August 2016 - Life Credit Company

Nutrition is Important After Diagnosis

After a cancer diagnosis, most patients aren’t likely thinking about what they’re going to have for dinner — but research suggests that it should be a priority, as proper nutrition can provide a wealth of assistance for cancer patients. Why is Nutrition Important? Cancer patients face many challenges in properly nourishing their bodies. Treatments like chemo or radiation may leave them feeling too sick to eat, the disease can wage war on a patient’s energy that can steal their appetite and they may even grapple with side effects like mouth sores that make eating difficult. According to the National Cancer Institute, many cancer patients face anorexia and cachexia, or wasting, after a diagnosis. Despite all those obstacles, good nutrition is vital to recovery. Many patients suffer from a lack of calories and proteins, both of which are important to building up the immune system and fighting off disease. NCI also cautions that some cancer treatments are more effective when the patient is well-nourished, and good nutrition has been shown to prolong patients’ lives. Resources for Nutrition Finding out what to eat, how much of it to eat and even when to eat it is no easy task, especially when dealing with health challenges. Luckily, there are a number of online resources that offer assistance for cancer patients looking to get their nutrition on track. The NCI has a helpful guide, Nutrition in Cancer Care, that offers comprehensive information about nutrition. Here, patients can find tips on which cancer drugs interact with which foods, how certain treatments may impact nutrition and which foods are best to combat certain symptoms. It...

SIMBA Decision Aid Offers Support for Cancer Patients

Even after cancer patients reach the important stage of remission, they are advised to stay vigilant to maintain their health. How they continue to monitor themselves is an important question, one that is being helped by a new web application: SIMBA. What is SIMBA? The Surveillance Imaging Modalities for Breast Cancer Assessment is a decision aid that provides support for cancer patients trying to decide the best way to prevent recurrence. The app is specifically designed for breast-cancer survivors, who are faced with the choice of getting regular mammograms or MRIs to monitor their breast health. There are pros and cons to both approaches, and SIMBA walks patients through all of them. Users are asked to put in specific information about their cancer history and their current health, and SIMBA then outlines what a mammogram would provide versus an MRI, in addition to offering other health tips. The program doesn’t necessarily recommend one approach over the other but rather lays out all the options, with specifics tailored to the user’s individual health history, to help them make informed decisions. What Women Want SIMBA was created by Group Health Research Institute and the Artefact Group, who wanted their product to reflect what breast-cancer patients wanted to see in such a program and offer support for cancer patients. To achieve that, they worked closely with women who had survived breast cancer and incorporated their opinions into the app’s development. The women advised that it should contain few graphics, especially stock photos of smiling women that are popular on other cancer resources, they said. Instead, they wanted it to focus on the...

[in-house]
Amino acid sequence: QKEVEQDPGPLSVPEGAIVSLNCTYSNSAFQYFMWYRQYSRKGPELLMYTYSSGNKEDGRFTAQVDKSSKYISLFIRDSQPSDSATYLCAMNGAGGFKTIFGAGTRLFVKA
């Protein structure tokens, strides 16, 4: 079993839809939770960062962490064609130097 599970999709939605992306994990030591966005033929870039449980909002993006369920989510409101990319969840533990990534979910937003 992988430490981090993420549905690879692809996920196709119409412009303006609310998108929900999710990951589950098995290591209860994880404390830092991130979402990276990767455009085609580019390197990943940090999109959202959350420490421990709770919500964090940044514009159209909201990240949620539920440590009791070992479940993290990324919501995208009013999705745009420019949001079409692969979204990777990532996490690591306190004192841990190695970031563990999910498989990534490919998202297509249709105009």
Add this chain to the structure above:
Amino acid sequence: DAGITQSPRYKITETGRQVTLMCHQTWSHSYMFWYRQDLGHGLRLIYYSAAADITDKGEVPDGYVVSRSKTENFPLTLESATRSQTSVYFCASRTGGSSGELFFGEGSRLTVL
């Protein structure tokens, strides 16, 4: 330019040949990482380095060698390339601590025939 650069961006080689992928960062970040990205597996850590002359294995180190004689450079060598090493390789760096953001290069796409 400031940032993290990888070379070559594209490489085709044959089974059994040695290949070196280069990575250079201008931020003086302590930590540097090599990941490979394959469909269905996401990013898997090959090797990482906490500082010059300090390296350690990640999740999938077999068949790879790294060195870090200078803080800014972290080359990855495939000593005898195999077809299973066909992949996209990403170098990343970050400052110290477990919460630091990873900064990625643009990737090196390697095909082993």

Exercise Can Beat Depression in Cancer Patients

Many of us have likely made a New Year’s resolution or pre-summer pledge at one time to hit the gym, running trails or swimming pool more often — plans that often fall by the wayside to work and school schedules or family obligations. But fulfilling that promise can be a life-altering decision, especially for people facing a cancer diagnosis. New research has found that exercise can provide help for cancer patients who are struggling with depression and anxiety. While much of the interventions that exist for patients focus on physical ailments, exercise targets patients’ mental health — with impressive results. What can exercise do? According to researchers at Edith Cowan University in Australia, just 2.5 hours of physical exercise a week can greatly reduce a cancer patient’s depression and anxiety. The university’s recent study looked at 32 cancer patients suffering from depression, a common affliction after a cancer diagnosis. Some of the participants worked out at home, others used a gym and the third group didn’t exercise at all. The last group saw no improvement, and in some cases a worsening, of their depression, but all of the patients who exercised reported a positive effect. The type of exercise didn’t seem to have much of an effect, the researchers found. Any moderate exercise, even walking the dog, was a help for cancer patients — an important finding, as some patients may be scared away from the idea of exercise, which they may equate with running on a treadmill or lifting heavy weights. “All types of exercise showed a benefit in terms of mental health,” Dr. Greg Levin told the...